Property Post COVID-19 - 01 Jan 1970
Following on from our highly successful first episode, Property Post COVID-19, we continue our look into the property market, diving deep into the numbers and speaking directly to those at the coal face.
In our follow up show, Property Post COVID-19 Episode 2, we speak with Jo Masters, Chief Economist at Ernst & Young, Steven Bennett at Charter Hall, REIA's President Adrian Kelly and SQM's Louis Christopher.
Since our first Property Post COVID-19 broadcast in June, the world has of course turned but where is property headed? We’ve assembled experts from Charter Hall, EY, Real Estate Institute of Australia, and SQM Research to speak with Oriel Morrison and Chris Gray and share their views.
Starting the program off with a bang, Louis Christopher, Owner and Managing Director of SQM Research say “Our outlook at the moment is still kind of bearish, particularly for Sydney and Melbourne.” Noting price falls and a possible new trend, Christopher says “We believe there’s been a bit of a mass exodus of people living in the inner-city locations of those two cities and moving outwards, moving out towards regional Australia.” While rental vacancy rates in the inner city areas are in excess of 12%, regional Australia is seeing rates plummeting. Christopher puts this down to those people who can work from home, reassessing their need to be within commuting distance to the city. “This has major ramifications over the medium to long term for the capital cities,” he says.
We then move onto the effects of COVID-19 on the commercial property sector with Steven Bennett, Direct CEO at Charter Hall. With the impact on commercial offices and discretionary retail being well-publicised there are segments such as industrial and logistics that are actually benefitting from an increase in e-commerce and online shopping activity. “As for the death of the office, look I read many of those articles as well. To be frank, it’s not something I buy into at all.” Holding up Silicon Valley as an example, companies will continue to seek competitive advantage by location clustering. According to Bennett, “you want to be around similar people and networks.”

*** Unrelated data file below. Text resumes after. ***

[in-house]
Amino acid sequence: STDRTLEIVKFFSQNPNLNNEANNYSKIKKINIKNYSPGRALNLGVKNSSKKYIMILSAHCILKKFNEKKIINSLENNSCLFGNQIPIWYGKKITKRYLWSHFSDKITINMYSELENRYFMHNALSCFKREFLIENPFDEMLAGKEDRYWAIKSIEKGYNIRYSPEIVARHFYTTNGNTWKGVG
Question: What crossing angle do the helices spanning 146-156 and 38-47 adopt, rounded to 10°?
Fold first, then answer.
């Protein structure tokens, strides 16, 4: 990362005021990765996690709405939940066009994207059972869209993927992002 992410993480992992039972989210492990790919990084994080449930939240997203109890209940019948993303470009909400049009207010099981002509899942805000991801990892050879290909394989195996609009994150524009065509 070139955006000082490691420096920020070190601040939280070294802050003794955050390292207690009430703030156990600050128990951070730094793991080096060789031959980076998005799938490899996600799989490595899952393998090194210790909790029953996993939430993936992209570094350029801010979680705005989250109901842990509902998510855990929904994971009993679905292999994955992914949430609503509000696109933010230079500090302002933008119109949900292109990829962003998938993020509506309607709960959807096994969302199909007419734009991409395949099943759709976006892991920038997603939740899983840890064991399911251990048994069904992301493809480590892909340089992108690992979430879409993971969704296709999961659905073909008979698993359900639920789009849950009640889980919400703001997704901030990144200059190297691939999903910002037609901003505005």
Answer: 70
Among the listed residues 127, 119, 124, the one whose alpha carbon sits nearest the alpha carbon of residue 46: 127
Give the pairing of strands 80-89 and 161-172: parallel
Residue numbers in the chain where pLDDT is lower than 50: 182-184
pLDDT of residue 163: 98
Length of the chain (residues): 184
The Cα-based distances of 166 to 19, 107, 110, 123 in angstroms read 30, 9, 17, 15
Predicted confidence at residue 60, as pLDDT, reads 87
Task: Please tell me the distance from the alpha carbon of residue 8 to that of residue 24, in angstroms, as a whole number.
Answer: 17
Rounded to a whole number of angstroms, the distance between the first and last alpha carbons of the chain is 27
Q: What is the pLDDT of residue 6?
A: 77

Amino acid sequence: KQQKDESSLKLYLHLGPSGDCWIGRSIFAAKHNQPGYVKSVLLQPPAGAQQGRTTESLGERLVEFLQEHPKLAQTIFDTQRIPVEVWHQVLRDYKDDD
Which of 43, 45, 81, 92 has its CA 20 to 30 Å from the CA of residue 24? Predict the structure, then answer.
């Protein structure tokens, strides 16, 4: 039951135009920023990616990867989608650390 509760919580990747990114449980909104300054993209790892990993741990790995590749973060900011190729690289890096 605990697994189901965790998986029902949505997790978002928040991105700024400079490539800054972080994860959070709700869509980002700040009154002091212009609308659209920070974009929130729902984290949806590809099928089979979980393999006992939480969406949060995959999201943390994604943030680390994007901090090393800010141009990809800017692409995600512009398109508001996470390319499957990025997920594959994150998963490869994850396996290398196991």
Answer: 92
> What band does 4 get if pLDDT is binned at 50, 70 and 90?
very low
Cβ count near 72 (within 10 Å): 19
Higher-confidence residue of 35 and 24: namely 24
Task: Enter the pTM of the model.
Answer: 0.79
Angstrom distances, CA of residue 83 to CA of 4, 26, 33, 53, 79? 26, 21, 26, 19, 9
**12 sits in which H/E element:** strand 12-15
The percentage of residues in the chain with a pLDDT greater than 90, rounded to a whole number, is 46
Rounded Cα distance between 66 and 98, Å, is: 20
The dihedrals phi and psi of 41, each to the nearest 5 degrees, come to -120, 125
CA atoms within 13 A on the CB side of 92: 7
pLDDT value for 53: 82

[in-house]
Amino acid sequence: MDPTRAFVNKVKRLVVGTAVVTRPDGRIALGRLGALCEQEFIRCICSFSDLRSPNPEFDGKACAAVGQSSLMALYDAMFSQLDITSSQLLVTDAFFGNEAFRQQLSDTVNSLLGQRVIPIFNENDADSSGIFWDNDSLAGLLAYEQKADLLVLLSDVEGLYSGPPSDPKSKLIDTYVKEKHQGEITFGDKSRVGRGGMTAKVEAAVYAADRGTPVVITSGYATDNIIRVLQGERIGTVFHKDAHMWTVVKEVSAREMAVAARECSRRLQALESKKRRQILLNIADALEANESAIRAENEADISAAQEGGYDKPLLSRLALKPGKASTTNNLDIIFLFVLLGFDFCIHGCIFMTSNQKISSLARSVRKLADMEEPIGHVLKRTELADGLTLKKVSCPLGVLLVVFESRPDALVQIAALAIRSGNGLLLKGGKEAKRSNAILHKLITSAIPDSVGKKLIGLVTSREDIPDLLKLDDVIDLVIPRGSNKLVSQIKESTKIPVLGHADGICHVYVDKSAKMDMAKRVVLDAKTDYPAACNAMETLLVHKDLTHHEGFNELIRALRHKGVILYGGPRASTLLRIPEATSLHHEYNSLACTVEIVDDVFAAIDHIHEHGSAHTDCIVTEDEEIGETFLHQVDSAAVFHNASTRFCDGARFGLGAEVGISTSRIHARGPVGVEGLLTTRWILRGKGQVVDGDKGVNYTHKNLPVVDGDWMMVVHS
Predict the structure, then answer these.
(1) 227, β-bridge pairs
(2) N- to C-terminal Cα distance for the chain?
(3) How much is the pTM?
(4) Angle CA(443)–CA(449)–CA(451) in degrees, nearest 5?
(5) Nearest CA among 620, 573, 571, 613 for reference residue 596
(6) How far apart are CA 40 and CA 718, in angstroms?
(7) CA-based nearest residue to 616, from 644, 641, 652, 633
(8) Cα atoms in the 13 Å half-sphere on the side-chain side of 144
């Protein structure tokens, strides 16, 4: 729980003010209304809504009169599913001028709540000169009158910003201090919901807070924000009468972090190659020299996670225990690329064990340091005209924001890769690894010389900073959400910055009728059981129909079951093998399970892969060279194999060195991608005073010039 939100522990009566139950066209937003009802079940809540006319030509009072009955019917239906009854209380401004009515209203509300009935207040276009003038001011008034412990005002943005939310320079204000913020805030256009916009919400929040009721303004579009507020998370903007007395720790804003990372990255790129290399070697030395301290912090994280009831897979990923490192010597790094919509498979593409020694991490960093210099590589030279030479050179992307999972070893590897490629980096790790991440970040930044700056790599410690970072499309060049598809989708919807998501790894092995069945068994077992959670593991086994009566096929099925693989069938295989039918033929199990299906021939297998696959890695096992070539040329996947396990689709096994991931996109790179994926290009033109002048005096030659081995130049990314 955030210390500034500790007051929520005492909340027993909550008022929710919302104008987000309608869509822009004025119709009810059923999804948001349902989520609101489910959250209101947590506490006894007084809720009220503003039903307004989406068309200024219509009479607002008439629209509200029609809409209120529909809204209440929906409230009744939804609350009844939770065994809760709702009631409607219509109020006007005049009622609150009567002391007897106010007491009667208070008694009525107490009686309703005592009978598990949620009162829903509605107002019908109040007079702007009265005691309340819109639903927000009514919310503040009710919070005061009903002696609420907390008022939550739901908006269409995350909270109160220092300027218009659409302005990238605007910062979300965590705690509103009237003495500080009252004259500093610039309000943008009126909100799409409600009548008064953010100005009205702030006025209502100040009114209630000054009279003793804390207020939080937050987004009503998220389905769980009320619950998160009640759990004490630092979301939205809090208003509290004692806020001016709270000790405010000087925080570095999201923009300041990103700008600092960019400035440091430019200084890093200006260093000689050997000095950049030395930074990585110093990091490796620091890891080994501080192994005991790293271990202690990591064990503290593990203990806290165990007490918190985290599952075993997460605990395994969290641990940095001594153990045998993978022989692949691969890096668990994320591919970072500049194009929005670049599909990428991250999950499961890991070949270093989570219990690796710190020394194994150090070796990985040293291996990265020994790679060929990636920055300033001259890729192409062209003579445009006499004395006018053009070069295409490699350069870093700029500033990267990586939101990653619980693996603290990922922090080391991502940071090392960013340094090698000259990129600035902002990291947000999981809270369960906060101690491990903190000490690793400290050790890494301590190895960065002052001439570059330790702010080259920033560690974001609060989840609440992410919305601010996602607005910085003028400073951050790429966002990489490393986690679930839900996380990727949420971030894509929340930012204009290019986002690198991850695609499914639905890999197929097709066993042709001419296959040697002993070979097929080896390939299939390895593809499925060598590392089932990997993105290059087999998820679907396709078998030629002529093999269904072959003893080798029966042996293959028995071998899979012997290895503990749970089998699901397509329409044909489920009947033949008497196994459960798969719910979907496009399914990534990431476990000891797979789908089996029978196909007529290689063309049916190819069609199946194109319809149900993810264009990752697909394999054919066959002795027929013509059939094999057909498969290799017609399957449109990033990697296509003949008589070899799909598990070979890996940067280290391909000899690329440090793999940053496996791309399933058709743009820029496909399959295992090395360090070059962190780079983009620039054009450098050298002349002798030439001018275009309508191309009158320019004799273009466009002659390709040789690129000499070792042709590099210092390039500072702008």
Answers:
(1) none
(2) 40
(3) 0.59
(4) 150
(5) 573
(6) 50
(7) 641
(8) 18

Turning to the broader economy and with little in the way of historical guidance in terms of policy response to the current pandemic, according to Jo Masters, Oceania Chief Economist at EY “We’re operating with a lot of uncertainty on almost every front.” As the government announces the extension and tapering of fiscal measures, Masters notes it was important to tighten those policies “ You want to support the economy” she says “but you want to make sure it’s as targeted as possible.” And looking to the residential property market, that in recent months has been supported by mortgage deferrals, low-interest rates, and reduced supply, Masters says “I think as we go ahead we are going to see further house price falls. My guess is that demand will remain relatively weak but we might start to see some supply through 2021.”
There’s a chance property will get through this period, having suffered a few bruises for sure, but according to Adrian Kelly, President, Real Estate Institute of Australia, “It would seem to us that so long as we can keep this pandemic under control, that hopefully, we’ll have some sort of soft landing for those people that need it” he says. And with initial government concerns around tenants' inability to pay rent having been allayed somewhat as a result of fiscal stimulus packages, Kelly says it’s the banks we should be taking our hats off to. By allowing mortgages to be deferred in the way they have, the number of forced sales will be minimized. “The banks have been telling us that the last thing they want to see is any form of forced sales,” says Kelly. “The last thing that forced sales to do is, well it does nothing for the banks' customers and post-Royal Commission the banks are very very keen to play their part and do the right thing but forced sales of real estate also do nothing for the bank's shareholder value either and the banks have been very clear with us in making those statements,” he says.
Find out more from our experts by watching the full episode above.
12 August, 2020
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